Paris Air Show

Airbus spells out A380 training culture

 - December 13, 2006, 7:28 AM

“Safety is not a book, not software; it’s a culture,” said Airbus training and flight operations support and services vice president Jean-Michel Roy, describing new flight- and ground-training systems introduced with the new A380 very large airliner. The latest Airbus inherits many characteristics of the established A320/A330/A340 fly-by-wire (FBW) models.

In the A380 cockpit, Roy said, Airbus faced three possible situations: “We change nothing; we keep systems but add functions; or we use available technology with improved interactivity.” As the design developed, all three scenarios materialized.

FBW controls and non-back-driven thrust levers for engine power settings are unchanged, but the larger panel has permitted bigger primary flight instruments, said Roy. “We have taken the existing display and added slat and flap information and any flight envelope limitations.” Likewise, the navigation display has gained a third dimension with a vertical display providing glideslope information. Embracing new technology, the designers have incorporated interactivity. For example, the flight management system sports a flat screen, multifunction display and keyboard, and cursor control units are controlled by a mouse.

Airbus has not restrictedhanges to aircraft hardware. “We also must train with new technologies,” said Roy, who argued that better navigation and in-flight protection against bad weather, terrain obstructions and other traffic improve both safety and efficiency.

Acknowledging progress with full-flight simulators and computer-based training (CBT), Airbus is introducing maintenance and flight training devices (MFTDs) to “bring the whole aircraft into the classroom,” with crews and mechanics benefiting from active learning and competence-focused training.

For pilots, Airbus has validated an A380 transition course, which since last September it has applied to its other existing FBW types. The development continues the manufacturer’s philosophy of reducing training time and costs through cross-crew training, since the tri-module A380 course is much longer for crews without Airbus FBW experience. The course comprises a 15-day curriculum, combining CBT-based aircraft-systems theory with 42 hours of MFTD-based operational procedures training, and 10 days/40 hours of simulator-based flight-maneuvers instruction. For example, Boeing 747 pilots would require 25 days’ training, but crews with Airbus FBW experience would need only 13 days because of established cross-crew qualification procedures.

Nevertheless, this is longer than the seven days typically devoted to single- to twin-aisle Airbus FBW transition, and the much shorter two/three-day transition between twin-aisle types. All A320-series aircraft share a single type rating, as do the A330 family and the A340 variants. Roy said training cost reductions accrue over time and apply in both directions, since tomorrow’s A380 copilots will probably be A320 or A330 captains “the day after tomorrow.”

The manufacturer has adopted a very similar structure formaintenance personnel with new modular Airbus active-learning and competence-focused training. Modules such as three-day new-technologies introduction and five-day general familiarization courses use CBT, while others–like avionics, airframe and powerplant over 12 to 14 days each–use two- and three-dimensional MFTDs.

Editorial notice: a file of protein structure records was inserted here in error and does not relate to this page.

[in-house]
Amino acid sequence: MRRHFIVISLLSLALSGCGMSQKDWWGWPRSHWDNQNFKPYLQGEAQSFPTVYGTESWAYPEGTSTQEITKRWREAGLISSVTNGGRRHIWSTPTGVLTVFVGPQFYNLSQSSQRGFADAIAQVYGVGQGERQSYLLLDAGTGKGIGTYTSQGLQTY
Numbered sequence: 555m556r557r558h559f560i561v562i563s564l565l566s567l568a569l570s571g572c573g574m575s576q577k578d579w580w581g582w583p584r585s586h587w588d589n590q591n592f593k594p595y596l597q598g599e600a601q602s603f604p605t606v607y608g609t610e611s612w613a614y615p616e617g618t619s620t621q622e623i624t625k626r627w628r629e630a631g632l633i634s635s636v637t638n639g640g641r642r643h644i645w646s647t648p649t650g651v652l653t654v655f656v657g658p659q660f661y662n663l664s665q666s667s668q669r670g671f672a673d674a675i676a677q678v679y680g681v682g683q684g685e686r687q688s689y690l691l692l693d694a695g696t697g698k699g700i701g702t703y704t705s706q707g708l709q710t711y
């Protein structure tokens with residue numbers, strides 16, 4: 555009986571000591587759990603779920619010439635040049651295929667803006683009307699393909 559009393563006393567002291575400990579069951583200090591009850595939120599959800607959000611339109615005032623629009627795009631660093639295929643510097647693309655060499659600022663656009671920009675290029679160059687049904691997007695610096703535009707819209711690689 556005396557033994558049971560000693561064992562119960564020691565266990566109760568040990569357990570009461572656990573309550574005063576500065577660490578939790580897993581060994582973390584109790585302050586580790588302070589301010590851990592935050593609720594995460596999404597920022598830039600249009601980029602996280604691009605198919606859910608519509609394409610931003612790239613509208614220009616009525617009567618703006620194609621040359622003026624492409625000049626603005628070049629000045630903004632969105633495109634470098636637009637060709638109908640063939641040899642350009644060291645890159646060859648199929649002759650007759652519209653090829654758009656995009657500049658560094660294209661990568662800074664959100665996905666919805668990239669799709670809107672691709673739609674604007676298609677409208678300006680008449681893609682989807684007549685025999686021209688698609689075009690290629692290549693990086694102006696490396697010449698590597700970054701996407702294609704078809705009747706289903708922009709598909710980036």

Since the MFTD is common equipment for pilot and maintenance technician training, Airbus claims the resultant synergy provides airlines with better safety and efficiency, as well as cost savings, because training on the aircraft can be reduced to around five days. “An aircraft is meant to fly, to bring revenues, not to stay on the ground for training, and this is especially true for the A380,” said Roy. Currently, Airbus is developing cross-maintenance qualification to apply the maximum benefit of family concepts to maintenance.

Finally, Airbus is providing an A380 cabin crew familiarization course, based on the same transition structure. Aircraft systems will be taught with CBT, procedures instruction will involve a dedicated flight-attendant panel trainer and practical exercises will employ a cabin emergency-evacuation trainer. Since the A380 cabin is “quite specific,” Roy said that no cross crew qualifications will be available.

He foresees this Airbus training gradually permeating throughout an airline. “We must train the trainers to transfer our knowledge about systems, procedures and performance. This will cascade to pilots, cabin crew, dispatchers and maintenance engineers through documentary units, performance programs and software packages direct from our design office to improve realism and quality of simulations.”

A new training center is being built in Toulouse, the first A380-dedicated phase becoming operational this month. The center will hold two CAE simulators, the first of which is being installed in mid-2005 for use alongside the A380 flight-test program as Airbus prepares to provide customer training ahead of initial aircraft deliveries.

CAE has delivered the first two of eight MFTDs that will be used for procedural training. Germany’s TFC will provide the cabin-evacuation trainer, which is to be delivered before October this year. This full-scale A380 mockup is the biggest cabin trainer ever built, according to Roy. Other Airbus units in China, Germany and the U.S. are taking part in A380 training developments.